Arguably the finest episode to come out of the Bush-Cheney years, this outing sees the entire Simpsons clan indefinitely detained over misunderstandings that brand them as anti-American.

Season 16, Episode 6: “Midnight Rx”

When Mr. Burns cancels his employees’ prescription drug plan, Grandpa Simpson becomes the point man for a daring cross-border operation: smuggling cheap pills in from Canada.

Season 17, Episode 17: “Kiss Kiss, Bang Bangalore”

Another riff on globalization: Mr. Burns hopes to inflate profits by outsourcing nuclear plant jobs to India. Meanwhile, Patty and Selma kidnap their idol, MacGyver’s Richard Dean Anderson.

Season 18, Episode 6: “Moe’N’a Lisa”

Moe and Lisa make unlikely partners in poetry, yet the prestige and pretensions of the publishing world (yes, Tom Wolfe and Jonathan Franzen make appearances) threaten to tear them apart.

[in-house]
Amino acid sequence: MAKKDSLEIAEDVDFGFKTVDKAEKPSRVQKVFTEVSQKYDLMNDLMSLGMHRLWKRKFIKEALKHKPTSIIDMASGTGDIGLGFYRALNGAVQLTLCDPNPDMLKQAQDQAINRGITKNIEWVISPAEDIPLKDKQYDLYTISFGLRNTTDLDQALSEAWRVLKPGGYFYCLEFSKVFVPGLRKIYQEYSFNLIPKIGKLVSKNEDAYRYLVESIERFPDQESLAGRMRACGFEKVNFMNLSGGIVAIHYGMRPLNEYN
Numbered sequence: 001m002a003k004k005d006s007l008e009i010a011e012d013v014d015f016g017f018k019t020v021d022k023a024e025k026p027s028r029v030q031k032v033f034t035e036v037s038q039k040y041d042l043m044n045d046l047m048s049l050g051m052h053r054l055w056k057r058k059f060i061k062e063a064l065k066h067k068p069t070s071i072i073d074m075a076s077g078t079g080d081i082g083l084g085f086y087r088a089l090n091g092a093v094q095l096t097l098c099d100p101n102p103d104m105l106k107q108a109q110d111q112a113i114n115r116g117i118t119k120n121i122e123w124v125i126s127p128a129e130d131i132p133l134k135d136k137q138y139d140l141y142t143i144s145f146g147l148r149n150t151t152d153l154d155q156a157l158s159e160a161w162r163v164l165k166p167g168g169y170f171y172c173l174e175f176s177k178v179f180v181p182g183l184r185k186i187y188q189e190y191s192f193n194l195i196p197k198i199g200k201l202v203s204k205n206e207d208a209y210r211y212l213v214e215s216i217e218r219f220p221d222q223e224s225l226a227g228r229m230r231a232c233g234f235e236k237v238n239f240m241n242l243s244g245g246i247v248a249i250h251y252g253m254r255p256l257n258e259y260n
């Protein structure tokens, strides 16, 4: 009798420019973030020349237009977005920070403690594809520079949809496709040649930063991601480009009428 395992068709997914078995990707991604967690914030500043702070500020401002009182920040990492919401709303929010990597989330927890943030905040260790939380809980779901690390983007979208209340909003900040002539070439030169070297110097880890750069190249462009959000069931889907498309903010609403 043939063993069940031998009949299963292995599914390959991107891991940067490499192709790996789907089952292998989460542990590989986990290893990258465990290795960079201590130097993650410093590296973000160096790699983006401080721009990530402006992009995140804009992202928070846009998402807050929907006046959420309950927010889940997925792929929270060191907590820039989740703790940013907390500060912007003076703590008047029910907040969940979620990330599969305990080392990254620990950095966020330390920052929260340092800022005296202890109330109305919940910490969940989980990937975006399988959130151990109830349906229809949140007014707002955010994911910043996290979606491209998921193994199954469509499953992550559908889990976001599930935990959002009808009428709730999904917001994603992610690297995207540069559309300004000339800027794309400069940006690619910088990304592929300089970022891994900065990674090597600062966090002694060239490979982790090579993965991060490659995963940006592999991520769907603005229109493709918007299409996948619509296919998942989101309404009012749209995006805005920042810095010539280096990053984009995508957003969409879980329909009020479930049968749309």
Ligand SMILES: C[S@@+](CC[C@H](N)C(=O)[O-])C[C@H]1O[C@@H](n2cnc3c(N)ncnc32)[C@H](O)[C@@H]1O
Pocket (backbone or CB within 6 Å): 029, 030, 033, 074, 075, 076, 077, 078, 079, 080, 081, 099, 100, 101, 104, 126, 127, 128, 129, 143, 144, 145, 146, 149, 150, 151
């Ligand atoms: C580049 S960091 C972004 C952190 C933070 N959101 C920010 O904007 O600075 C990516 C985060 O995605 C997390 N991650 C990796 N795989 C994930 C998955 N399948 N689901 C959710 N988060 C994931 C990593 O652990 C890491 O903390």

Season 19, Episode 13: “The Debarted”

In as lovely a send-up of Scorsese as you could hope for, Principal Skinner has a plan for dismantling Bart’s schoolyard crime ring from the inside—with an undercover transfer student.  

Season 20, Episode 21: “Coming to Homerica”

The Simpsons has touched on the immigration issue more than once, and it’s always a treat. Here, Springfield initially welcomes transplants from nearby Ogdenville, then turns xenophobic.

Season 21, Episode 20: “To Surveil with Love”

In this Orwellian entry, Springfield follows London’s lead on pervasive CCTV. Things get even better when Bart realizes the Simpsons’ backyard is the camera network’s lone blind spot.

Season 22, Episode 19: “The Real Housewives of Fat Tony”

Reality shows, principally Jersey Shore, may seem like low-hanging fruit, but Joe Mantegna-voiced mobster Fat Tony is an invaluable and often surprising recurrent character.

Season 23, Episode 6: “The Book Job”

2014 has been a great year for arguing about the role and relative value of YA literature, which makes this heist episode about ghostwriters and franchise entertainment required viewing.

Season 24, Episode 4: “Gone Abie Gone”